Boeing to ground entire 737 Max aircraft fleet following Ethiopian crash

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US plane manufacturing giant Boeing has grounded its entire global fleet of 737 Max aircraft following investigations into the fatal Ethiopian Airlines crash earlier this month.

This announcement means that a total of 371 aircraft will not be in use for the foreseeable future. The decision was made following fresh evidence discovered by the Federal Aviation Administration.

Sunday’s crash has been headline news across the world, as all 157 people onboard lost their lives. The black box is currently being analysed in Paris. The FAA is continuing its investigation.

Boeing continues to have full confidence in the safety of the 737 MAX. However, after consultation with the U.S. Federal Aviation Administration (FAA), the U.S. National Transportation Safety Board (NTSB), and aviation authorities and its customers around the world, Boeing has determined to recommend to the FAA the temporary suspension of operations of the entire global fleet of 371 737 MAX aircraft.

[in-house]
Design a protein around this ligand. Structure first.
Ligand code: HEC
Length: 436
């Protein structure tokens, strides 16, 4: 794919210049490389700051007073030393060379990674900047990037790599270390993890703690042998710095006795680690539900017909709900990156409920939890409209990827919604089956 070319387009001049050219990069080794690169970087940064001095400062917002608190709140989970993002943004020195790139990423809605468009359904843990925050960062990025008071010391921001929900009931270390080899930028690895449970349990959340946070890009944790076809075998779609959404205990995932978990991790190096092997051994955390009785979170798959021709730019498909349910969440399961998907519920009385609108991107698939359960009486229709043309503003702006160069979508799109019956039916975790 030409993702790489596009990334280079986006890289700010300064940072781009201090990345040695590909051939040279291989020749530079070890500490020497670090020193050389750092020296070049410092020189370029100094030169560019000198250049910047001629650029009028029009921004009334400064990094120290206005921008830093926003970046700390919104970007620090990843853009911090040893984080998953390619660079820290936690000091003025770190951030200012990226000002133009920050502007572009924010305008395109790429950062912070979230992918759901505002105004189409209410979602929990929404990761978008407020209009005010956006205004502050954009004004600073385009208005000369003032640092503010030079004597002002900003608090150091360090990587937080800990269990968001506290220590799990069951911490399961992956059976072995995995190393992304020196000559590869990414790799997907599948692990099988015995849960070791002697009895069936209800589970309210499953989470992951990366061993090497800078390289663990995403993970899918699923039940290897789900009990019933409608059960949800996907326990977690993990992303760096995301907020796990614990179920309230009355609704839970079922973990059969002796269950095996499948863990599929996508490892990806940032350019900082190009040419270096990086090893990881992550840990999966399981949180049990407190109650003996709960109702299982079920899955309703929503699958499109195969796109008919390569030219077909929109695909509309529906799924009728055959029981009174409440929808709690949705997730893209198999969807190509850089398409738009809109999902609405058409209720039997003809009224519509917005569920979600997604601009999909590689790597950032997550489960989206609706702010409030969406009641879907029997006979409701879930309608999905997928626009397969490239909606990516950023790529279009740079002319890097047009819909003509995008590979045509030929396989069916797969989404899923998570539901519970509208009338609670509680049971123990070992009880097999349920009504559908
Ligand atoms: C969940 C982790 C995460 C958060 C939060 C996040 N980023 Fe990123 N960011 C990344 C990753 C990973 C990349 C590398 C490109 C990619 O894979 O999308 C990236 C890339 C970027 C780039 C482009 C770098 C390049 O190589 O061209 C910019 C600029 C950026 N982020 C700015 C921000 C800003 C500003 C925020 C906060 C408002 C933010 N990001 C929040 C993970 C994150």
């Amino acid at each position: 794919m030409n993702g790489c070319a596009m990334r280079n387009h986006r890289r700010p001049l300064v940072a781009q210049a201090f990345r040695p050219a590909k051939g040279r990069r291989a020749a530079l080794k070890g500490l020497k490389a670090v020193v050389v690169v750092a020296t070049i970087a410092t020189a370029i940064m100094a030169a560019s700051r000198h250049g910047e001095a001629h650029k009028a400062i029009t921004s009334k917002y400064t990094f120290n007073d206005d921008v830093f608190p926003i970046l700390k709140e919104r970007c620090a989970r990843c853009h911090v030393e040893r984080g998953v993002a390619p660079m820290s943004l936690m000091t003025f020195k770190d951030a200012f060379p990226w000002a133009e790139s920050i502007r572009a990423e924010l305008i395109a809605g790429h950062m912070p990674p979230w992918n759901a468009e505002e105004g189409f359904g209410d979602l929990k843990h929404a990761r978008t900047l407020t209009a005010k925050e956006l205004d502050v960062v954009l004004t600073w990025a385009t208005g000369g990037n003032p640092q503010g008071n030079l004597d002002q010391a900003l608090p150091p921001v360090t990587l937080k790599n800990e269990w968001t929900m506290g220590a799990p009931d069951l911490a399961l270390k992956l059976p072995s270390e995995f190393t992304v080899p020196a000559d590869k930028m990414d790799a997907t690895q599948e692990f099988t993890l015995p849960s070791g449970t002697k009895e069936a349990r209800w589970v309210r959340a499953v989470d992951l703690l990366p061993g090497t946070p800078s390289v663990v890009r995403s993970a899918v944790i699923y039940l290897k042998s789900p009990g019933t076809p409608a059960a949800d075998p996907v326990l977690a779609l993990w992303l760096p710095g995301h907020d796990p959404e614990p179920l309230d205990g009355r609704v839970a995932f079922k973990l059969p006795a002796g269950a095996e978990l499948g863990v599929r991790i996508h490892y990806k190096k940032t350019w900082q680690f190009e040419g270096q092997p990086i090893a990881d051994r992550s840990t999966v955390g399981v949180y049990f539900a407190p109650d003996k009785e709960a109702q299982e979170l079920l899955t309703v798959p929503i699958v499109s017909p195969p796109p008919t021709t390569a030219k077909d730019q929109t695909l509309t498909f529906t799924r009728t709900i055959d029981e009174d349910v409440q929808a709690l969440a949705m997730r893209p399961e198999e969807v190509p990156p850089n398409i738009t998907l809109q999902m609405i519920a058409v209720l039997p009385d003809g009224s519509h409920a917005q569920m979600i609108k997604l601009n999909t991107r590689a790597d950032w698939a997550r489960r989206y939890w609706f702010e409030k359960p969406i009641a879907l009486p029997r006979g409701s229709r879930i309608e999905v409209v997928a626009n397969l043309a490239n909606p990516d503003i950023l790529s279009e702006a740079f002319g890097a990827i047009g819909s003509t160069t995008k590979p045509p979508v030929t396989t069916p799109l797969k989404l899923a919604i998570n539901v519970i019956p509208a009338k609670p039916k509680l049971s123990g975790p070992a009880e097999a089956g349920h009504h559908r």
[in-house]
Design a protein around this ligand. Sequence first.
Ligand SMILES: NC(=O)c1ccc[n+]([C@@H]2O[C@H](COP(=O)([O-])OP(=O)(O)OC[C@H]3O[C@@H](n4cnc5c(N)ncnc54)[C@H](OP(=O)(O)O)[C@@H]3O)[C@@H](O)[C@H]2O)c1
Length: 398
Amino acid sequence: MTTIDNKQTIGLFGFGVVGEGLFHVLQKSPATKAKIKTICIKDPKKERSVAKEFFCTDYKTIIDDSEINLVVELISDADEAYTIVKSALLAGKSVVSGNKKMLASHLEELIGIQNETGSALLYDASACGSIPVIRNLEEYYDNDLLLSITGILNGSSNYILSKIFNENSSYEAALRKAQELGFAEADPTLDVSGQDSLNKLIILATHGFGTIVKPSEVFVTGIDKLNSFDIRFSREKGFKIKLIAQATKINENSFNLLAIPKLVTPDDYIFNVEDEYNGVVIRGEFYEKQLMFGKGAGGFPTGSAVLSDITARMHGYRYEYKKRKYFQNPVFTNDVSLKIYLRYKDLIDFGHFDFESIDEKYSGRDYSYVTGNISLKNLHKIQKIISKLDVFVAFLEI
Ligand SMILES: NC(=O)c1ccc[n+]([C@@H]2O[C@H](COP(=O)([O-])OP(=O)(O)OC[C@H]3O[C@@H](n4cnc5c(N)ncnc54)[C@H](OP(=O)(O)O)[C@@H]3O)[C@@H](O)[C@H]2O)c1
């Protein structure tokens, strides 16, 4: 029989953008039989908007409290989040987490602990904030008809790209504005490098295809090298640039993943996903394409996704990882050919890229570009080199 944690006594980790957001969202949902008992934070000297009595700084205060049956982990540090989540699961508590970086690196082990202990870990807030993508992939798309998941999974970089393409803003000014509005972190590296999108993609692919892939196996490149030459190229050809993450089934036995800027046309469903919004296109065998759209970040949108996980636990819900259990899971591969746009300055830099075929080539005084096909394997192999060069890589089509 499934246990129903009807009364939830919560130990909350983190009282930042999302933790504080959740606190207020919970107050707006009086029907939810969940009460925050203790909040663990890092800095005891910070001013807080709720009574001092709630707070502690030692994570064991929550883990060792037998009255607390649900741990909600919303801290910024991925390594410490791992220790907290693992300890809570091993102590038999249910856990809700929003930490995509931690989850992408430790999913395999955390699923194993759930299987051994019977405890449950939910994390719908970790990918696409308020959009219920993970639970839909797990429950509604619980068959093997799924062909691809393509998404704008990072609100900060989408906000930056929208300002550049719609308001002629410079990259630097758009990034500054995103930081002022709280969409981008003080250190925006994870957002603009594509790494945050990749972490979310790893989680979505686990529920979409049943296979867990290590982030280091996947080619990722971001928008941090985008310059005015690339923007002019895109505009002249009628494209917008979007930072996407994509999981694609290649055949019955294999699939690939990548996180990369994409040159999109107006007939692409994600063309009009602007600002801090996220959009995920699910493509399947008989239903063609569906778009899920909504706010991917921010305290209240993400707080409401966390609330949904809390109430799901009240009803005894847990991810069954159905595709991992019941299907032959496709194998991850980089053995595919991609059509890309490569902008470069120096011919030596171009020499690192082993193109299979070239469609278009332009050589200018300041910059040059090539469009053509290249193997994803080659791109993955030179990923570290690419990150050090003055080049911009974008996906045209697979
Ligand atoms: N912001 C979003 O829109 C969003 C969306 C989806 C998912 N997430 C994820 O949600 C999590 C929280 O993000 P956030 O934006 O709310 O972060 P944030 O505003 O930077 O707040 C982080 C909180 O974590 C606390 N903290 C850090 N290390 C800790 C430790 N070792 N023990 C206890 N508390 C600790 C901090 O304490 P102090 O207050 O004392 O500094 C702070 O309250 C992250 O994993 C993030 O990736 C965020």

“On behalf of the entire Boeing team, we extend our deepest sympathies to the families and loved ones of those who have lost their lives in these two tragic accidents,” said Dennis Muilenburg, president, CEO, Chairman of The Boeing Company.

“We are supporting this proactive step out of an abundance of caution. Safety is a core value at Boeing for as long as we have been building aeroplanes, and it always will be. There is no greater priority for our company and our industry. We are doing everything we can to understand the cause of the accidents in partnership with the investigators, deploy safety enhancements and help ensure this does not happen again.”

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